Photo: Lionsgate

One day, perhaps, murderously corrupt police officers will once again be a viable source of comedy. At this particular historical moment, however, a movie like War On Everyone has its work cut out for it. The very first scene attempts to get laughs from cops who deliberately run over a fleeing suspect, after he’s stopped running and clearly decided to surrender; it’s supposed to be funny simply because the suspect is a mime. (“I always wondered: If you hit a mime, does he make a sound?” “Well, now you know.”) Later, one of the cops, asked why he joined the police force, answers “I guess I always wanted to pervert the course of justice. Plus you get to shoot people for no reason. Nobody can do a goddamn thing about it.” Pitch-black comedy along these lines worked as recently as Bad Lieutenant: Port Of Call New Orleans, right? Today, such behavior approximates real-life headlines so closely that it’s hard not to just feel queasy.

It’s not as if writer-director John Michael McDonagh hasn’t mined this territory successfully before. His first feature, The Guard (2011), was also about a corrupt policeman, memorably embodied by Brendan Gleeson at his irascible best. (Gleeson then switched gears to play a super-compassionate priest in McDonagh’s second film, 2014’s Calvary.) But that film had a tempering influence in Don Cheadle’s straight-arrow FBI agent. Here, both Bob Bolaño (Michael Peña) and Terry Monroe (Alexander Skarsgård)—partners in the New Mexico State Police force—are complete scumbags, interested solely in using their badges to make money and inflict pain. The movie’s threadbare narrative involves their efforts to muscle in on a million-dollar heist being planned by a foppish British lord (Theo James), with the intention of keeping the loot themselves. But that’s really just an excuse for free-floating cheerful hostility, supplemented by a tepid romance (Terry falls for an ex-stripper, played by Creed’s Tessa Thompson) and a subplot about an orphaned kid that clearly exists in order to exonerate the film from charges of nihilism.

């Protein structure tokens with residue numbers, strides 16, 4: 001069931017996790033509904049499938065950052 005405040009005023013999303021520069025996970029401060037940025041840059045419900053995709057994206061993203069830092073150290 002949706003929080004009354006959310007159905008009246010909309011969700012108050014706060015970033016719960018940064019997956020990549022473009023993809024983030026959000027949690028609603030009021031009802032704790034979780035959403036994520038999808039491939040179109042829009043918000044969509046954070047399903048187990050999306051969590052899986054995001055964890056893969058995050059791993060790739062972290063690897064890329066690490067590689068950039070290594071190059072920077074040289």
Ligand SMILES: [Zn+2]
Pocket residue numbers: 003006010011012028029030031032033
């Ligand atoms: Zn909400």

War On Everyone’s saving grace is its freewheeling refusal to commit to any particular tone, including the rancid one that generally dominates. McDonagh enjoys goofy non sequiturs so much that he’ll fly the whole crew to Iceland just for a quick bit about Bob and Terry tracking down someone who’s reportedly fled there with the money. Peña, who does a terrific deadpan, spends much of the movie randomly spouting Cliff Clavin-style factoids, which is far more amusing than, say, Terry’s no-fucks-given penchant for deliberately ramming parked cars as he drives down the street. Even the film’s needle drops are all over the place: There’s a crowdpleaser that verges on cliché (M.O.P.’s “Ante Up” accompanying badass hijinks in the opening credits), one character’s indie-quirky obsession with an ostensibly uncool musician (Glen Campbell, in this case), and a surprisingly lovely montage of Terry searching for the orphaned kid at night, set to French-Italian chanteuse Catherine Spaak’s 1964 ballad “Non È Niente.” Should something be off-putting, just wait a few minutes, if that, and it’ll be supplanted by something else. That won’t eliminate a nasty aftertaste, but it’ll help.